Donna E. ShalalaÏÏÏÏÏÏÏÏÏÏÏÏÏÏÏÏÏÏÏÏÏÏÏÏÏÏÏÏÏ Director 1,701
Karen H. Williams ÏÏÏÏÏÏÏÏÏÏÏÏÏÏÏÏÏÏÏÏÏÏÏÏÏÏÏÏ Director 1,875
All directors and executive oÇcers as a group
(36 persons including those named above) ÏÏ 4,344,245
Each person listed owns less than 1% of Gannett's outstanding shares. All directors and
executive oÇcers as a group beneÑcially owned 4,344,245 shares on March 8, 2002. This
represents 1.6% of the outstanding shares. The following shares are included because they may be
acquired under stock options by May 7, 2002: Mr. McCorkindaleÌ1,112,750; Mr. WatsonÌ368,355;
Mr. WalkerÌ127,575; Mr. MillerÌ126,475; Mr. CurleyÌ146,595; all directors and executive oÇcers
as a groupÌ3,321,335. For all shares owned, each director or executive oÇcer possesses sole
voting power and sole investment power.
Some shares have not been listed above because the director or executive oÇcer has
disclaimed beneÑcial ownership. Ownership of the following shares is disclaimed because they are
held in the names of family members or in trust: Mr. McCorkindaleÌ874; Mr. WatsonÌ24;
Mr. MillerÌ1,834; all directors and executive oÇcers as a groupÌ35,417.
Also included among the shares listed above are the following shares which are held for
individual deferred compensation accounts by The Northern Trust Company, as Trustee of the
Gannett 1987 Deferred Compensation Plan: Mr. McCorkindaleÌ86,028; Mr. WatsonÌ21,138;
Mr. WalkerÌ18,442; Mr. MillerÌ14,243; Mr. CurleyÌ16,757; Mr. ArnelleÌ1,315; Mrs. BrokawÌ7,766;
Mr. JohnsonÌ1,183; Mr. PalmisanoÌ3,323; Ms. ShalalaÌ701; all directors and executive oÇcers as
The shares reported above do not include 1,242,254 shares owned on March 8, 2002 by the
Gannett Retirement Plan Trust. The following oÇcers of the Company serve on the BeneÑt Plans
Committee, which has the power to direct the voting of those shares: Douglas H. McCorkindale,
Richard L. Clapp (Senior Vice President/Human Resources), Larry F. Miller and Gracia C. Martore
(Senior Vice President/Finance and Treasurer).
Compensation of Directors
The Company pays its directors an annual fee and meeting fees. The annual fee is $45,000.
Each director receives $1,500 for each Board meeting attended. Each committee chair also receives
an annual fee of $5,000 and each committee member, including the chair, receives $1,000 for each
committee meeting attended. Mr. McCorkindale, the only director who also is an employee of the
Company, receives no director fees. Directors may elect to defer their fees under the 1987 Deferred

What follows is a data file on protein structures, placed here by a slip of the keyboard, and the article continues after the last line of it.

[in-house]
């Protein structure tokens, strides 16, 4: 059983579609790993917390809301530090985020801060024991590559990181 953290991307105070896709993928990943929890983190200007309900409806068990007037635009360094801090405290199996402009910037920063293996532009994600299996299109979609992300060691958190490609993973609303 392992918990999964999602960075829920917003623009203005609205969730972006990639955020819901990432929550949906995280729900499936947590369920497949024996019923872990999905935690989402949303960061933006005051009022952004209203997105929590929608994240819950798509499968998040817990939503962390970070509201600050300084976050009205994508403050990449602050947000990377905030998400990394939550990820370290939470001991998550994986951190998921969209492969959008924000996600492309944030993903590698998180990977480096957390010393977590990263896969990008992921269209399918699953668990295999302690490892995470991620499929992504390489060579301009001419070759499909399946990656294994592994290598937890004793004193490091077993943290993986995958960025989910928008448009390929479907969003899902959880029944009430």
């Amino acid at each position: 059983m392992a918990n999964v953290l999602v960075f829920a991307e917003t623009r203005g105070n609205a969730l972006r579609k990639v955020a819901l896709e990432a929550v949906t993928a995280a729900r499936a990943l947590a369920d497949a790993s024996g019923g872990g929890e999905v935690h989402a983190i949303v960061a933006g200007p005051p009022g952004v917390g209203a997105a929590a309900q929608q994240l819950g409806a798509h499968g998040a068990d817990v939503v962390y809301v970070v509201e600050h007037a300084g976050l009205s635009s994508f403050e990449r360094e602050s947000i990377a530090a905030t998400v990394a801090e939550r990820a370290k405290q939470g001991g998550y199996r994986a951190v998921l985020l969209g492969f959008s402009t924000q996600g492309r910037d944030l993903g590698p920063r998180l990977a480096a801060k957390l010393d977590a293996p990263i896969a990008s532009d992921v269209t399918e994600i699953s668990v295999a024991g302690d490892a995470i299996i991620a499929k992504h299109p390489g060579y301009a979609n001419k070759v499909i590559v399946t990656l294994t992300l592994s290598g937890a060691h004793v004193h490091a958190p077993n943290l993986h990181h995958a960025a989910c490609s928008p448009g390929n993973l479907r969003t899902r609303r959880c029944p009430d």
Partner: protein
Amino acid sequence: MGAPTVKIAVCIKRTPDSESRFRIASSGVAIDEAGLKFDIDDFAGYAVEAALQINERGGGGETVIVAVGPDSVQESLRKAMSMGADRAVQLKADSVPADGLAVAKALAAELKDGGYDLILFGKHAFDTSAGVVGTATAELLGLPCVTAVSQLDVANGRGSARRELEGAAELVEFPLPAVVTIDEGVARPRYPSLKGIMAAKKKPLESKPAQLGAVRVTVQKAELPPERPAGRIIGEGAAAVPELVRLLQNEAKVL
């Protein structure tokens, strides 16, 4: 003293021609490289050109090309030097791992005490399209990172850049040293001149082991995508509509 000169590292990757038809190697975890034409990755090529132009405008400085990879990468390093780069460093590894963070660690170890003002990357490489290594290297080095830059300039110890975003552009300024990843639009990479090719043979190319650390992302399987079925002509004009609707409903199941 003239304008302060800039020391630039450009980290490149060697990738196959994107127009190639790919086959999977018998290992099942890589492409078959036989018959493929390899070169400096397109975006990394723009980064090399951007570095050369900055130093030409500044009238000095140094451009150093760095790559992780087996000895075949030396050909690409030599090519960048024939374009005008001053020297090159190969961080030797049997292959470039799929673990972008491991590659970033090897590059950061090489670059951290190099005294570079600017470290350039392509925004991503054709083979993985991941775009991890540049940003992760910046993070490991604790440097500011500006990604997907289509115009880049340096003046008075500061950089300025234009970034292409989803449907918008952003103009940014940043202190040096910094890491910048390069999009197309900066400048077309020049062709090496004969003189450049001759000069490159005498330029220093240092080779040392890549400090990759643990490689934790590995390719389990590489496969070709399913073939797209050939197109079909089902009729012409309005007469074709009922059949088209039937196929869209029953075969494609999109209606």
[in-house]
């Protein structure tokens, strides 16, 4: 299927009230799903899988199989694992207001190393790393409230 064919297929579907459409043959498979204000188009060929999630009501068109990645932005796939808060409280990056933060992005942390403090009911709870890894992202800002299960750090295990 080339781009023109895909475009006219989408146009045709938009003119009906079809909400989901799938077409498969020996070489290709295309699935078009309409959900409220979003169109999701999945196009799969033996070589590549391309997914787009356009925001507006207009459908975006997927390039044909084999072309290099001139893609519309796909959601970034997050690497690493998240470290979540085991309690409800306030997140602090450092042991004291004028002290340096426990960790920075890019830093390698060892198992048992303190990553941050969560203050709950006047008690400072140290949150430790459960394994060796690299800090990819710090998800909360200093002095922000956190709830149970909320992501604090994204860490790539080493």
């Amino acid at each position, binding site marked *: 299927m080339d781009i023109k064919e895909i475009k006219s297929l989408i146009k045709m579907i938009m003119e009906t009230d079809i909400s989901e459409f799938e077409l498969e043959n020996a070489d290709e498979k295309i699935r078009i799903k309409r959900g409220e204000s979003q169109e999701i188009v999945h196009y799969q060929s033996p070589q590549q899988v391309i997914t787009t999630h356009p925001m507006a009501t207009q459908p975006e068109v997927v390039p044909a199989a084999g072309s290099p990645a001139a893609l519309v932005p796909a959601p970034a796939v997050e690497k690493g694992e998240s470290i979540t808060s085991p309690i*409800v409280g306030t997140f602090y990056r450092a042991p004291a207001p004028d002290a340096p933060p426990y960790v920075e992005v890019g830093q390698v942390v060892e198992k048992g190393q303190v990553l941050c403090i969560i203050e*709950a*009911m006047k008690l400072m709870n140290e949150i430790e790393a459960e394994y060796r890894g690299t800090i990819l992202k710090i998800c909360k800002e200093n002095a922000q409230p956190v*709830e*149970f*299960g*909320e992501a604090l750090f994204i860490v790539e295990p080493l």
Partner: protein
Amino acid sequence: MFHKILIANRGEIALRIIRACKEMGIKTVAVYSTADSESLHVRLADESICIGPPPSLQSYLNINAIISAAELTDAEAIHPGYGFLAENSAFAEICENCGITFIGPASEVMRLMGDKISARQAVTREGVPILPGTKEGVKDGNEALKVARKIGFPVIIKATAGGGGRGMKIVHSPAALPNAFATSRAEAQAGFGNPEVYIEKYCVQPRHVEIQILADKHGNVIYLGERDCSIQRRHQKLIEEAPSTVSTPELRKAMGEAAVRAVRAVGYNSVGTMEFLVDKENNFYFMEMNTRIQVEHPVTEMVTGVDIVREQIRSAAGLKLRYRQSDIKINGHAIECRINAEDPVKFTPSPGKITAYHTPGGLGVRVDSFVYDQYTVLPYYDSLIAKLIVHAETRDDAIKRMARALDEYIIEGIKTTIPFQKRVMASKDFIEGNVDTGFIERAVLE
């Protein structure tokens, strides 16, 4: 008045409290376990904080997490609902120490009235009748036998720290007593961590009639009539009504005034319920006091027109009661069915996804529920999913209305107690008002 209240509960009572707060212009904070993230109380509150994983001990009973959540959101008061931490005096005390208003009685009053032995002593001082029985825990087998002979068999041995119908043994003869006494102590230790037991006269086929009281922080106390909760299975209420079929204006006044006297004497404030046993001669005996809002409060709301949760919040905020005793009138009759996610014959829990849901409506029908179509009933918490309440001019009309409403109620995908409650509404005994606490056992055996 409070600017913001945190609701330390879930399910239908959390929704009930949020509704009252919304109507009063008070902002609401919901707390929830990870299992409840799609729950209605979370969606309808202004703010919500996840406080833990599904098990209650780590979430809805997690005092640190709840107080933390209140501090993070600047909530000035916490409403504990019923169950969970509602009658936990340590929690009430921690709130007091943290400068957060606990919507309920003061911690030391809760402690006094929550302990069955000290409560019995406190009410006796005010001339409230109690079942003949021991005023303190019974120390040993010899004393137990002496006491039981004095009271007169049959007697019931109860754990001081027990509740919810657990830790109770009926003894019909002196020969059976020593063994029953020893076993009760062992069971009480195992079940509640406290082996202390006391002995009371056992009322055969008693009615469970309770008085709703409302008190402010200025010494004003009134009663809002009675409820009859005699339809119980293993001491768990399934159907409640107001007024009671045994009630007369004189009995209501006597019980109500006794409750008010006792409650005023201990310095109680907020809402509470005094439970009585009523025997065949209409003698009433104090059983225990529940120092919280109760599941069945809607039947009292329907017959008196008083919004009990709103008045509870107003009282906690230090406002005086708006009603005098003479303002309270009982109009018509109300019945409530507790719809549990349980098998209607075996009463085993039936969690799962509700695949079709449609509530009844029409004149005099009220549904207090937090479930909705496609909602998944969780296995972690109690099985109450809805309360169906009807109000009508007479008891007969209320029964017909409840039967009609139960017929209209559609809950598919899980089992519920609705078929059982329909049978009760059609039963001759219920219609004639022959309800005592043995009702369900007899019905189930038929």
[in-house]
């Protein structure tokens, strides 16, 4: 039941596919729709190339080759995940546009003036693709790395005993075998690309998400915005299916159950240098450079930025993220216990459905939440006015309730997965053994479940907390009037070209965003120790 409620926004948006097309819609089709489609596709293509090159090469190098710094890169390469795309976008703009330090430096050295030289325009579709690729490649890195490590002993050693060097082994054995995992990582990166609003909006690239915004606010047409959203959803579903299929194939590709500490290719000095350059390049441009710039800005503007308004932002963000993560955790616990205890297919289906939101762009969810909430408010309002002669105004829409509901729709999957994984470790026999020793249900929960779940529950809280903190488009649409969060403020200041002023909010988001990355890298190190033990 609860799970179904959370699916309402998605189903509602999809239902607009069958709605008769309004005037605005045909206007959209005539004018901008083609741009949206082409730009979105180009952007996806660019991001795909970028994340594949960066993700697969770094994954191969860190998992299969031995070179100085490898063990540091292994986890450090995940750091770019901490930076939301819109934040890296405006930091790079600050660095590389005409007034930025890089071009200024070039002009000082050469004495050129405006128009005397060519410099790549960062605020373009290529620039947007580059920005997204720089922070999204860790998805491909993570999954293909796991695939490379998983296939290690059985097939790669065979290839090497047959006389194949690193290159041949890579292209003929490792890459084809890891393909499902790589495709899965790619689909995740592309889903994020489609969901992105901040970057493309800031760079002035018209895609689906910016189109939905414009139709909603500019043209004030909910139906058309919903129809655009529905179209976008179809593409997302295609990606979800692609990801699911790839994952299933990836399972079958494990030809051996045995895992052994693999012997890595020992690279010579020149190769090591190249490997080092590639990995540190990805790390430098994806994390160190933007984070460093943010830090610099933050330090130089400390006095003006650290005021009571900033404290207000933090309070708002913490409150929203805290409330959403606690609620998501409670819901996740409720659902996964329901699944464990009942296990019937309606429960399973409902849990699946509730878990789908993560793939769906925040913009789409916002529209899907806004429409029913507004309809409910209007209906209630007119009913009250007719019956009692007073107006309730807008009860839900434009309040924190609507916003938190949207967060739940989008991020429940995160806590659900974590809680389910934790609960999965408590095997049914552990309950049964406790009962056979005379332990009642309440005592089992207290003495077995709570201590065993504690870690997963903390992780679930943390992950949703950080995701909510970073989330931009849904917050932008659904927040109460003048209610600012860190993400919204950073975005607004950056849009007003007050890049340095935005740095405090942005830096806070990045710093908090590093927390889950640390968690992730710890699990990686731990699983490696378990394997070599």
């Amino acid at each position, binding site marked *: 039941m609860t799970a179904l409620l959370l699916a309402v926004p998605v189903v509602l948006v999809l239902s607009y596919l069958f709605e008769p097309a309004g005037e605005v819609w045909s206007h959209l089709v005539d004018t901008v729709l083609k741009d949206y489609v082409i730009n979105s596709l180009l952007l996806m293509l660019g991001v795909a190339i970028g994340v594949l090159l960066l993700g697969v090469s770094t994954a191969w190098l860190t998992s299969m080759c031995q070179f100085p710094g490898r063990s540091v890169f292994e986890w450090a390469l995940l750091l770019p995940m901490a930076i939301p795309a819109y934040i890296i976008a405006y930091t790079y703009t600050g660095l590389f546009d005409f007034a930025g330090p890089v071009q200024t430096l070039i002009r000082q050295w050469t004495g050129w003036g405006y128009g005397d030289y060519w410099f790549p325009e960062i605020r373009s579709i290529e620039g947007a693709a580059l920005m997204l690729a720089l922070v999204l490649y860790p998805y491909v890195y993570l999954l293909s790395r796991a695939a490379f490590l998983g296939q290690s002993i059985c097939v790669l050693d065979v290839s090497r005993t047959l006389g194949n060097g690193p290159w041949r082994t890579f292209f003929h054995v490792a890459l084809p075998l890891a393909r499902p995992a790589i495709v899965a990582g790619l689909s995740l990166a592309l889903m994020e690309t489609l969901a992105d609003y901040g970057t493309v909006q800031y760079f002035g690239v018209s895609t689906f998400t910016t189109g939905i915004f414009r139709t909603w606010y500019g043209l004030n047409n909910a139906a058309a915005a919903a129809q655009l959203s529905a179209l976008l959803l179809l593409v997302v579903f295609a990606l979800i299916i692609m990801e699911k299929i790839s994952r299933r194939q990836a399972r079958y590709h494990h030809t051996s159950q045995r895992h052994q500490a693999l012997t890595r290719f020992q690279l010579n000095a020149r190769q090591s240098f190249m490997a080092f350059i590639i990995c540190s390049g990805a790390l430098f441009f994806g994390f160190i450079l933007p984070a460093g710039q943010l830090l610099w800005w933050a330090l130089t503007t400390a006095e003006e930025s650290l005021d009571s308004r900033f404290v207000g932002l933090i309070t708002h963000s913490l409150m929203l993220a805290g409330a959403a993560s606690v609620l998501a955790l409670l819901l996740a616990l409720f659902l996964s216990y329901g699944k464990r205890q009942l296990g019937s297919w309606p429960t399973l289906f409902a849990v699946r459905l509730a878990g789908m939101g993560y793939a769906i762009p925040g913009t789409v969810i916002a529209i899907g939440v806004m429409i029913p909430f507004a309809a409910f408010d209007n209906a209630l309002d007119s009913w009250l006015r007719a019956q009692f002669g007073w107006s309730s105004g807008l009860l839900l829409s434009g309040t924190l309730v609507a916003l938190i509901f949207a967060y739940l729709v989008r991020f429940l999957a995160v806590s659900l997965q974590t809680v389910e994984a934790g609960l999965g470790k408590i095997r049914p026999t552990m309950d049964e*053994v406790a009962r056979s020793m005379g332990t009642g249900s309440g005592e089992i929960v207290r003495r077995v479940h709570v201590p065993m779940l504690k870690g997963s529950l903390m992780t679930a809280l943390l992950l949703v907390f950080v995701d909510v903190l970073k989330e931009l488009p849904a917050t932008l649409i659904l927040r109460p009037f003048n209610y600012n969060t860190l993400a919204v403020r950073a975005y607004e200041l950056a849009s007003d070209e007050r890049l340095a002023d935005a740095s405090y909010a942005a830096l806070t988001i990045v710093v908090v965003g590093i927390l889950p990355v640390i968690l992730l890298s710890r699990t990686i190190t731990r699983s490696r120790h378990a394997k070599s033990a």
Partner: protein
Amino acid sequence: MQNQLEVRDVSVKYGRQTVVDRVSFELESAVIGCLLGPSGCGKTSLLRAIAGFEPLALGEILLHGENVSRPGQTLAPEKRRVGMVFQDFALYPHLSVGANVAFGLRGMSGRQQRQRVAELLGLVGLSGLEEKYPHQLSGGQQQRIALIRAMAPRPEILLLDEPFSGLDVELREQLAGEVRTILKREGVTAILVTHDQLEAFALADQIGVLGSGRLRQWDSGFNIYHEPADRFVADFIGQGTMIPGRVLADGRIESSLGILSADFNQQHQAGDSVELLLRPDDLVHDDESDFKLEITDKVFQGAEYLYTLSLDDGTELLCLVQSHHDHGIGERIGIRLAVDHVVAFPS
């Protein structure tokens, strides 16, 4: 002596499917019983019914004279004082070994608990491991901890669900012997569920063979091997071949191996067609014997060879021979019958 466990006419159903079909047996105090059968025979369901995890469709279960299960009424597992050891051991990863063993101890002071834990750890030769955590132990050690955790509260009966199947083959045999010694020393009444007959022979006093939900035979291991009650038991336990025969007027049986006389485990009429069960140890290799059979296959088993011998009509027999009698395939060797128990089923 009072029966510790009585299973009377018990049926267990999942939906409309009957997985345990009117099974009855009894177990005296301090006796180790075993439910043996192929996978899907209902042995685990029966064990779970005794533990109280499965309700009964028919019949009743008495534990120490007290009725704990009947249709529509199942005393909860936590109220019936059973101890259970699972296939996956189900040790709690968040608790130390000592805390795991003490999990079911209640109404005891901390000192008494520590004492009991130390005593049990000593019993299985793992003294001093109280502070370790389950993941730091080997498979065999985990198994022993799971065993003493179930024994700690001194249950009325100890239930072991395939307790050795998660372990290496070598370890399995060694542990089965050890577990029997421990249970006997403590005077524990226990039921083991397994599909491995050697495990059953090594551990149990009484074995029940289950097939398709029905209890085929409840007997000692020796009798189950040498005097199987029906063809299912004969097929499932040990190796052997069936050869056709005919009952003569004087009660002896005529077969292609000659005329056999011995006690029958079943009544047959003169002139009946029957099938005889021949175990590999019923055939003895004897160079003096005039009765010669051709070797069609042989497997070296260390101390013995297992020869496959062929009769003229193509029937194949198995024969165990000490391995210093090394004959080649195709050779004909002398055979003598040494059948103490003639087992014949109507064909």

Compensation Plan, which provides for eleven investment options, including mutual funds and a
Gannett Common Stock fund. Under the 2001 Omnibus Incentive Compensation Plan approved by
the Company's shareholders last year, directors Arnelle, Brokaw, Johnson, Munn, Palmisano and
Williams were granted options to purchase 3,500 shares of Gannett common stock in 2001. The
Company intends to grant other awards to directors in the future.
In 1987, the Company established a Retirement Plan for Directors in which non-employee
members of the Board of Directors could participate. In 1996, the Board terminated this Plan as to
any new directors. Only one current director, Meredith Brokaw, participates in the Plan, and her
annual beneÑt under the Plan is equal to 100% of her highest annual cash compensation during the
ten years of service preceding her retirement from the Board. The annual beneÑt will be paid each
quarter for 10 years except for lump sum payments in the event of death.
COMPENSATION OF GANNETT MANAGEMENT
Report of the Executive Compensation Committee
The Executive Compensation Committee (the quot;quot;Committee'') is responsible for compensation
and stock ownership programs for executive oÇcers. The Committee is composed entirely of
independent outside directors. In 2001, the Committee consisted of James A. Johnson, Chair,
Stephen P. Munn, Samuel J. Palmisano and Karen Hastie Williams.
The Elements of Compensation at Gannett
The compensation program for executive oÇcers is composed of three elements: salaries,
annual bonuses and long-term stock awards under the 2001 Omnibus Incentive Compensation Plan
(the quot;quot;2001 Plan'').
The following Compensation Policy guides the Committee in its compensation decisions:
The Board of Directors of Gannett believes that compensation of employees should be fair to both
employees and shareholders, externally competitive, and designed to align very closely the
interests of employees with those of the shareholders.
The Gannett executive compensation program is designed to attract, motivate, reward and retain
superior management talent.
The Executive Compensation Committee places heavy emphasis on pay for performance. We
believe substantial portions of total compensation should be at risk. Likewise, outstanding
performance should lead to substantial increases in compensation.
Compensation Decisions in 2001
In making its compensation decisions for 2001, the Committee considered the Company's
performance in the following areas: earnings per share, operating income as a percentage of sales,
return on assets, return on equity, operating cash Öow, stock price, and market valueÌall in light of
very adverse economic conditions. In addition, the Committee considered management's recom-
mendations for individual compensation awards. The Committee also compared the Company's